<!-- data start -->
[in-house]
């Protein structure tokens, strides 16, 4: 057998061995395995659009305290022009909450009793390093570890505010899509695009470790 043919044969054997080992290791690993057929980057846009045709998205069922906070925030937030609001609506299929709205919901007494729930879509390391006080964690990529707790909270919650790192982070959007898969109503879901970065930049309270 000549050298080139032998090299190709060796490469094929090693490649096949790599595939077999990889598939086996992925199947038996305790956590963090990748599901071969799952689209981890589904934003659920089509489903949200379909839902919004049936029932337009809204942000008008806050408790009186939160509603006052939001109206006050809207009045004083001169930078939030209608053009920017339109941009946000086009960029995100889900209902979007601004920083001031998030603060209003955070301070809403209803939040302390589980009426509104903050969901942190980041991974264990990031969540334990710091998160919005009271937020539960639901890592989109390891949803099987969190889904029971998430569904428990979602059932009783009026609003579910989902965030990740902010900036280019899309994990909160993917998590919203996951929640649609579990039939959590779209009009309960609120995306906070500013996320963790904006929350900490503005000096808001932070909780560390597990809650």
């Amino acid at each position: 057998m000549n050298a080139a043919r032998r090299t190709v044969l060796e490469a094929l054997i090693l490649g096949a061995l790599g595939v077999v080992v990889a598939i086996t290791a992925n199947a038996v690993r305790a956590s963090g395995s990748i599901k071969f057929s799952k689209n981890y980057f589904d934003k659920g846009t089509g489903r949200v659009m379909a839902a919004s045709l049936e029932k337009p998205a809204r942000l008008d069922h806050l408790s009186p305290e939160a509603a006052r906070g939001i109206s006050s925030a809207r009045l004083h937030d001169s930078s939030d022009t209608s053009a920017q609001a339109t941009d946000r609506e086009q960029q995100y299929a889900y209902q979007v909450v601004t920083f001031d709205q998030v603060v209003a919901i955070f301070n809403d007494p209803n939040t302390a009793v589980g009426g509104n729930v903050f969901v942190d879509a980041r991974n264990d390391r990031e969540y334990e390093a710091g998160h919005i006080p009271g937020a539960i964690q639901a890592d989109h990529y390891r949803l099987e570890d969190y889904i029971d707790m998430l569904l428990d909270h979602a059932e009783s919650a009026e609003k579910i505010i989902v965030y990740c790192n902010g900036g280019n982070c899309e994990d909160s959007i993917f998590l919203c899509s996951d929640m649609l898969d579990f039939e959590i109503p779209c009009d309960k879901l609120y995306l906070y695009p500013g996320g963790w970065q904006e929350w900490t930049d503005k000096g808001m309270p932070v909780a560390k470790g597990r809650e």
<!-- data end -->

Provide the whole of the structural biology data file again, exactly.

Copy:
[in-house]
């Protein structure tokens, strides 16, 4: 057998061995395995659009305290022009909450009793390093570890505010899509695009470790 043919044969054997080992290791690993057929980057846009045709998205069922906070925030937030609001609506299929709205919901007494729930879509390391006080964690990529707790909270919650790192982070959007898969109503879901970065930049309270 000549050298080139032998090299190709060796490469094929090693490649096949790599595939077999990889598939086996992925199947038996305790956590963090990748599901071969799952689209981890589904934003659920089509489903949200379909839902919004049936029932337009809204942000008008806050408790009186939160509603006052939001109206006050809207009045004083001169930078939030209608053009920017339109941009946000086009960029995100889900209902979007601004920083001031998030603060209003955070301070809403209803939040302390589980009426509104903050969901942190980041991974264990990031969540334990710091998160919005009271937020539960639901890592989109390891949803099987969190889904029971998430569904428990979602059932009783009026609003579910989902965030990740902010900036280019899309994990909160993917998590919203996951929640649609579990039939959590779209009009309960609120995306906070500013996320963790904006929350900490503005000096808001932070909780560390597990809650």
């Amino acid at each position: 057998m000549n050298a080139a043919r032998r090299t190709v044969l060796e490469a094929l054997i090693l490649g096949a061995l790599g595939v077999v080992v990889a598939i086996t290791a992925n199947a038996v690993r305790a956590s963090g395995s990748i599901k071969f057929s799952k689209n981890y980057f589904d934003k659920g846009t089509g489903r949200v659009m379909a839902a919004s045709l049936e029932k337009p998205a809204r942000l008008d069922h806050l408790s009186p305290e939160a509603a006052r906070g939001i109206s006050s925030a809207r009045l004083h937030d001169s930078s939030d022009t209608s053009a920017q609001a339109t941009d946000r609506e086009q960029q995100y299929a889900y209902q979007v909450v601004t920083f001031d709205q998030v603060v209003a919901i955070f301070n809403d007494p209803n939040t302390a009793v589980g009426g509104n729930v903050f969901v942190d879509a980041r991974n264990d390391r990031e969540y334990e390093a710091g998160h919005i006080p009271g937020a539960i964690q639901a890592d989109h990529y390891r949803l099987e570890d969190y889904i029971d707790m998430l569904l428990d909270h979602a059932e009783s919650a009026e609003k579910i505010i989902v965030y990740c790192n902010g900036g280019n982070c899309e994990d909160s959007i993917f998590l919203c899509s996951d929640m649609l898969d579990f039939e959590i109503p779209c009009d309960k879901l609120y995306l906070y695009p500013g996320g963790w970065q904006e929350w900490t930049d503005k000096g808001m309270p932070v909780a560390k470790g597990r809650e």